Your shovel and spade have been collecting dust in the shed all winter. They’ve been itching to hit the soil for months now, and spring is finally here.
Some novice (and not-so-novice) gardeners may be wondering what to plant in their often damp, rarely sunny Pacific Northwest gardens. We’re here to help. In general, go with what’s native to the Northwest. Being the easiest to grow, most resistant to local bugs and diseases, and requiring minimal maintenance, these native plants are the best choice for your local gardens:
Native to western Washington, this fruit-bearing bush is easy on the eyes and can help stock the kitchen cupboards. This dense, leafy shrubbery is an essential for the Northwesterner’s hedgerow. Its full figure will fill empty space, and its flowers will attract butterflies to the garden all summer. Later in the year, around October or so, the Evergreen Huckleberry will begin to bear fruit, good for jam, and the leaves are good for tea.
PACIFIC BLEEDING HEART
This pink, perfect perennial’s heart-shaped flower clusters are loveable, attracting hummingbirds and deterring hungry deer. This West Coast native blooms all summer under proper care. It requires cool, shady surroundings and damp, well-drained soil. Under these conditions, the Pacific Bleeding Heart can reach up to 18 inches in height, and sprout numerous flowery stalks out of its feathery green foliage.
This is a trendy little succulent that offers gorgeous groundcover. For the majority of the year, the stonecrop boasts waxy spirals of blue-green leaves. During the summer, it yields star-shaped, bright yellow flowers beloved by butterflies. Put this plant in the problem spot in your garden, the spot that has the driest soil and never gets any shade. The stonecrop will grow happily.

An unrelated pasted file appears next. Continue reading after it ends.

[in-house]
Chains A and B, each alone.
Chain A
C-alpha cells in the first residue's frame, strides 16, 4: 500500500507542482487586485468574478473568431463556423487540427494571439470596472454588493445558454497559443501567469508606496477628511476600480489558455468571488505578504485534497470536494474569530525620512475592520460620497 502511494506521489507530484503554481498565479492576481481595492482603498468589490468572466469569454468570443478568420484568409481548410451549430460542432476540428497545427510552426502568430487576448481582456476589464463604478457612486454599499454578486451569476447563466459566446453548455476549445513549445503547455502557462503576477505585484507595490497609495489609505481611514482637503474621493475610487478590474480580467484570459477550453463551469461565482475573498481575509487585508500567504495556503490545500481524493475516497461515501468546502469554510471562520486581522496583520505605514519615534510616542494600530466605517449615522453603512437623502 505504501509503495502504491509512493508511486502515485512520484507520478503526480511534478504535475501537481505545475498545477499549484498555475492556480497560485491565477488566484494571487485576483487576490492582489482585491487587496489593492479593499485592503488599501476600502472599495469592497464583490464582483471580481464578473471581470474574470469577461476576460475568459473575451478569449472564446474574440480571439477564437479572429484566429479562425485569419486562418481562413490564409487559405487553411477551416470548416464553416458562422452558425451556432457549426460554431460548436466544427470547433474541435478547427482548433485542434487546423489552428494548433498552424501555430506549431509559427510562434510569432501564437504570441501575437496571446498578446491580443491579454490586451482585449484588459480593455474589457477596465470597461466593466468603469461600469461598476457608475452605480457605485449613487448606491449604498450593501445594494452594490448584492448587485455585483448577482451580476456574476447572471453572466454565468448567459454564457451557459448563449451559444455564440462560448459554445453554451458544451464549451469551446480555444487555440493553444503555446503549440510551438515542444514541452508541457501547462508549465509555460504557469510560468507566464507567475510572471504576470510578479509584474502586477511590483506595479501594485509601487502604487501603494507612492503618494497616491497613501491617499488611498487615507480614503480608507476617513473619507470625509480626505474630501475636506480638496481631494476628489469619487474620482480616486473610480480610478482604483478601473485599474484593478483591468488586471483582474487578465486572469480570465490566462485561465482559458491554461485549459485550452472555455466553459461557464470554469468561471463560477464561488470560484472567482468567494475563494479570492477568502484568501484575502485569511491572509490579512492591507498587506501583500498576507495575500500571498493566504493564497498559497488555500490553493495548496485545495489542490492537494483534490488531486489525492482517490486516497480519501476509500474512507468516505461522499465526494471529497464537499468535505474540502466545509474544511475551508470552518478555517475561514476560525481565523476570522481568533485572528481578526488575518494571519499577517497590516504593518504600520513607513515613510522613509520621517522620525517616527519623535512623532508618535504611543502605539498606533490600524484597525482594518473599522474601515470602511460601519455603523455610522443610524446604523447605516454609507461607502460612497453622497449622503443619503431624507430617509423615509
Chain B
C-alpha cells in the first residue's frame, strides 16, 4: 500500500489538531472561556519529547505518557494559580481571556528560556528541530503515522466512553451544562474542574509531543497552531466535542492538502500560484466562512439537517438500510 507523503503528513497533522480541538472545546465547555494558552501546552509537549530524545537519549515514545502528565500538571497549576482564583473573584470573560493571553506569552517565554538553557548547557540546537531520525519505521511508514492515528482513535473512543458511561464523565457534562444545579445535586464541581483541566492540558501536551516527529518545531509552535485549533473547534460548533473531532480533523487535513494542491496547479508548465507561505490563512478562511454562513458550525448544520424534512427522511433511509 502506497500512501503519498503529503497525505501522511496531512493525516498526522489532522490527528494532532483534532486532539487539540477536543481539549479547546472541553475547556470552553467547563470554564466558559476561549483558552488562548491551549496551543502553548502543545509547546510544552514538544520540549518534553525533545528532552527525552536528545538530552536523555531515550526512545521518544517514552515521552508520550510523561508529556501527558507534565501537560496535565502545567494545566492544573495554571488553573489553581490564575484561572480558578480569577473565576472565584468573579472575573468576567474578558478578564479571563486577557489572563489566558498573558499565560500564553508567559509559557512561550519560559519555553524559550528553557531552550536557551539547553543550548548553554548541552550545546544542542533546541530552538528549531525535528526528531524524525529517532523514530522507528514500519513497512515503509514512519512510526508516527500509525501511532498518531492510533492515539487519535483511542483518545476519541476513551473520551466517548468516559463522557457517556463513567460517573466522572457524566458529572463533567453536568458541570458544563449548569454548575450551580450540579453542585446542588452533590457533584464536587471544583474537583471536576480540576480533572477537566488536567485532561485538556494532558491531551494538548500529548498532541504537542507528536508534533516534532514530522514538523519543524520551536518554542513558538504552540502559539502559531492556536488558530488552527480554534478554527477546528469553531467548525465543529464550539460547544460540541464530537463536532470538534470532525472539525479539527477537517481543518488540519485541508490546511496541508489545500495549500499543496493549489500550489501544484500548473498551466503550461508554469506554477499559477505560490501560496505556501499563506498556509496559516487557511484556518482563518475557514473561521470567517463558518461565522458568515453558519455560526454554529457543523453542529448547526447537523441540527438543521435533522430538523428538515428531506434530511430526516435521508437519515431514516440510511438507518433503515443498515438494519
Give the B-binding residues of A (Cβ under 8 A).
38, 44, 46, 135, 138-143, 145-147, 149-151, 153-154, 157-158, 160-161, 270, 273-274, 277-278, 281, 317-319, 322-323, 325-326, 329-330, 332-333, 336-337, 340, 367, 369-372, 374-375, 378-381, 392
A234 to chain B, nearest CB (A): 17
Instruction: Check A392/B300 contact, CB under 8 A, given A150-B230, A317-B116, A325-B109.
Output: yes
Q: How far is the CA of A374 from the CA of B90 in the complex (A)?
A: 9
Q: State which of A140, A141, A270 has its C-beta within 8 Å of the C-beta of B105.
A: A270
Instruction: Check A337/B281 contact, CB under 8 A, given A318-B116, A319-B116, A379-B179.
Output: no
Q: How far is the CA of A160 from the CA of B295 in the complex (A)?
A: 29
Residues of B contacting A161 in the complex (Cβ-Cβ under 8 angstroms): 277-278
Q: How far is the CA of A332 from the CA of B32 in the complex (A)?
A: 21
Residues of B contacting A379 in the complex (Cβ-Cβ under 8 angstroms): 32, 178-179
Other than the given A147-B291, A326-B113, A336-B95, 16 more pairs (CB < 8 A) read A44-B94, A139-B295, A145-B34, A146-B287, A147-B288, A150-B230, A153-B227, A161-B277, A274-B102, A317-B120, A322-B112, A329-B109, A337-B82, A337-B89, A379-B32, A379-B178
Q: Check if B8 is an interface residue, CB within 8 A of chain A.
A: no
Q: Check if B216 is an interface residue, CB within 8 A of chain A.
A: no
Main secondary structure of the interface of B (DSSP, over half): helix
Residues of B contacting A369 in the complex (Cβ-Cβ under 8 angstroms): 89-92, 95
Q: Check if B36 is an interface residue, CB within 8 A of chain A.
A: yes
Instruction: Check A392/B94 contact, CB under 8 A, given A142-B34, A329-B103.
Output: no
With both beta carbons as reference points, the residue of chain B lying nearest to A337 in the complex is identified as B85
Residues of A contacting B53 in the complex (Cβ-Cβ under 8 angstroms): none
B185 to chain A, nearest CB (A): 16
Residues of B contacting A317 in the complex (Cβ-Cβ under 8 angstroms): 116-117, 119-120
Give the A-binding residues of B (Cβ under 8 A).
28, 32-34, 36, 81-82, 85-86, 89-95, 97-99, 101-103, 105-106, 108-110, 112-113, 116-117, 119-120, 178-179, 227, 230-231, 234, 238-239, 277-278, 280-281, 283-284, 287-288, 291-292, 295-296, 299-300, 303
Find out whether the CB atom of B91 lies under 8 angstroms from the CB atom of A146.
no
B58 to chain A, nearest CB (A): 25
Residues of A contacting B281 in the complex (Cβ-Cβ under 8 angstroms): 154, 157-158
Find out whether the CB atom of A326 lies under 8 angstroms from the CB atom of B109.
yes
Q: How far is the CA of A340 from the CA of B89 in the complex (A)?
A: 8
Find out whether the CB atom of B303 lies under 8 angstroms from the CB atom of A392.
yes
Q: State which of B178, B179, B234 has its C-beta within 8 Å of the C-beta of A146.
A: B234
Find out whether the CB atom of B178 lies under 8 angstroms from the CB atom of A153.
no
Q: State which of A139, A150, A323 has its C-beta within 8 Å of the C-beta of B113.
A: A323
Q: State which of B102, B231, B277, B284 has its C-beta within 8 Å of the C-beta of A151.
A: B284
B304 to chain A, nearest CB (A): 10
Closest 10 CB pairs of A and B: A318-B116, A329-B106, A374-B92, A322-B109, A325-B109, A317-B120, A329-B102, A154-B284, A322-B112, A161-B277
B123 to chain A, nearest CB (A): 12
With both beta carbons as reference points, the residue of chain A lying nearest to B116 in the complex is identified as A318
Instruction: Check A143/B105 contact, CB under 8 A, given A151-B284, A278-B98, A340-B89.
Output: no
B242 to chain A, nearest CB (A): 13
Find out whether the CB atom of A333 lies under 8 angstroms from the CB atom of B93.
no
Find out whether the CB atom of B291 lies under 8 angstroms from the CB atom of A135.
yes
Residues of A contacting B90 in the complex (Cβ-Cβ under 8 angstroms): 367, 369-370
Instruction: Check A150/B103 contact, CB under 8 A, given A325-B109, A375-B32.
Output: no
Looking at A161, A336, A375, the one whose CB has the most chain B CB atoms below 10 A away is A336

Known as a native adapter, it’s originally from Yakushima Island in Japan but grows like a native plant here. With glossy and green leaves, its flowers blossom in clusters, starting out as bright pink buds that open to reveal white, bell-shaped petals. A favorite of Bellingham landscape architect Molly Maguire, this rhodie generally grows up to four feet in height and requires partial to full shade.
This local fern, often seen on wooded hikes, can give your garden a touch of wilderness without sacrificing manageability. It is especially helpful for hilly gardens, as its roots can help prevent erosion of steep areas. It plays well with other perennials, such as the Pacific Bleeding Heart, and offers a beautiful shade of evergreen as a backdrop for groundcover. The fern is extremely easy to plant and care for.
The natural, native strawberry is incomparable to the fruit available at the supermarket. Not only does it produce delicious berries, but its webs of roots help with soil stabilization and it requires minimal maintenance. It prefers more sun and sandy soil. Butterflies are drawn to their small, white flowers that blossom in early summer.
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